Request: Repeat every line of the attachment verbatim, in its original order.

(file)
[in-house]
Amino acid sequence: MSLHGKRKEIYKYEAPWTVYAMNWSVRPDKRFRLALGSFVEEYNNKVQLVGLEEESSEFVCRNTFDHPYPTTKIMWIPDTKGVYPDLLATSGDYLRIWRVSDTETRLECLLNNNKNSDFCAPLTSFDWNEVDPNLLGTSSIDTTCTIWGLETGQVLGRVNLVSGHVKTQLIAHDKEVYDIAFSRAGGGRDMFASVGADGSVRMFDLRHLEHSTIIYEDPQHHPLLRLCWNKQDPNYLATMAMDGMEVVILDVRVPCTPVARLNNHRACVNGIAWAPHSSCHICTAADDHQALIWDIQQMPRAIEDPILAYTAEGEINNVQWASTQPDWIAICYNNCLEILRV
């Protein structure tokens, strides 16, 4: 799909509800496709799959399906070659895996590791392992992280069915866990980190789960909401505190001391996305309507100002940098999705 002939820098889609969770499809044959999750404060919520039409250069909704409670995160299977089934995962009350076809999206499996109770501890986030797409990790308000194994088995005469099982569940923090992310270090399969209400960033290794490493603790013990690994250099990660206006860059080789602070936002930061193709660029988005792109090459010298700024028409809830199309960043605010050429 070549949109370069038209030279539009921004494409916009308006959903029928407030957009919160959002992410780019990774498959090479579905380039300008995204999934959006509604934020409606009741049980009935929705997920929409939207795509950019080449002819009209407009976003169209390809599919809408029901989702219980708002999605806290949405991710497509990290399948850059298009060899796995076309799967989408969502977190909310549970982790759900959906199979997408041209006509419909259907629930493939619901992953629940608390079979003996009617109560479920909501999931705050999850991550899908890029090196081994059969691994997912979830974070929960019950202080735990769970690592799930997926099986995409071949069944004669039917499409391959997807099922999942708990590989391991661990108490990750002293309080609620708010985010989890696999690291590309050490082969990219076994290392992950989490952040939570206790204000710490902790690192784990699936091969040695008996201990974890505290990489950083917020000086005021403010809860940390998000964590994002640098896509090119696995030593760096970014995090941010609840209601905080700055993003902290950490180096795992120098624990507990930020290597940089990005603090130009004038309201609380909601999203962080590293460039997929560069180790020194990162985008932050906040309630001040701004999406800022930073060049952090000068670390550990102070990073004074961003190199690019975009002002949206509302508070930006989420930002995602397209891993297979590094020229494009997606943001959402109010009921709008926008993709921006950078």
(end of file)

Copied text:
[in-house]
Amino acid sequence: MSLHGKRKEIYKYEAPWTVYAMNWSVRPDKRFRLALGSFVEEYNNKVQLVGLEEESSEFVCRNTFDHPYPTTKIMWIPDTKGVYPDLLATSGDYLRIWRVSDTETRLECLLNNNKNSDFCAPLTSFDWNEVDPNLLGTSSIDTTCTIWGLETGQVLGRVNLVSGHVKTQLIAHDKEVYDIAFSRAGGGRDMFASVGADGSVRMFDLRHLEHSTIIYEDPQHHPLLRLCWNKQDPNYLATMAMDGMEVVILDVRVPCTPVARLNNHRACVNGIAWAPHSSCHICTAADDHQALIWDIQQMPRAIEDPILAYTAEGEINNVQWASTQPDWIAICYNNCLEILRV
């Protein structure tokens, strides 16, 4: 799909509800496709799959399906070659895996590791392992992280069915866990980190789960909401505190001391996305309507100002940098999705 002939820098889609969770499809044959999750404060919520039409250069909704409670995160299977089934995962009350076809999206499996109770501890986030797409990790308000194994088995005469099982569940923090992310270090399969209400960033290794490493603790013990690994250099990660206006860059080789602070936002930061193709660029988005792109090459010298700024028409809830199309960043605010050429 070549949109370069038209030279539009921004494409916009308006959903029928407030957009919160959002992410780019990774498959090479579905380039300008995204999934959006509604934020409606009741049980009935929705997920929409939207795509950019080449002819009209407009976003169209390809599919809408029901989702219980708002999605806290949405991710497509990290399948850059298009060899796995076309799967989408969502977190909310549970982790759900959906199979997408041209006509419909259907629930493939619901992953629940608390079979003996009617109560479920909501999931705050999850991550899908890029090196081994059969691994997912979830974070929960019950202080735990769970690592799930997926099986995409071949069944004669039917499409391959997807099922999942708990590989391991661990108490990750002293309080609620708010985010989890696999690291590309050490082969990219076994290392992950989490952040939570206790204000710490902790690192784990699936091969040695008996201990974890505290990489950083917020000086005021403010809860940390998000964590994002640098896509090119696995030593760096970014995090941010609840209601905080700055993003902290950490180096795992120098624990507990930020290597940089990005603090130009004038309201609380909601999203962080590293460039997929560069180790020194990162985008932050906040309630001040701004999406800022930073060049952090000068670390550990102070990073004074961003190199690019975009002002949206509302508070930006989420930002995602397209891993297979590094020229494009997606943001959402109010009921709008926008993709921006950078």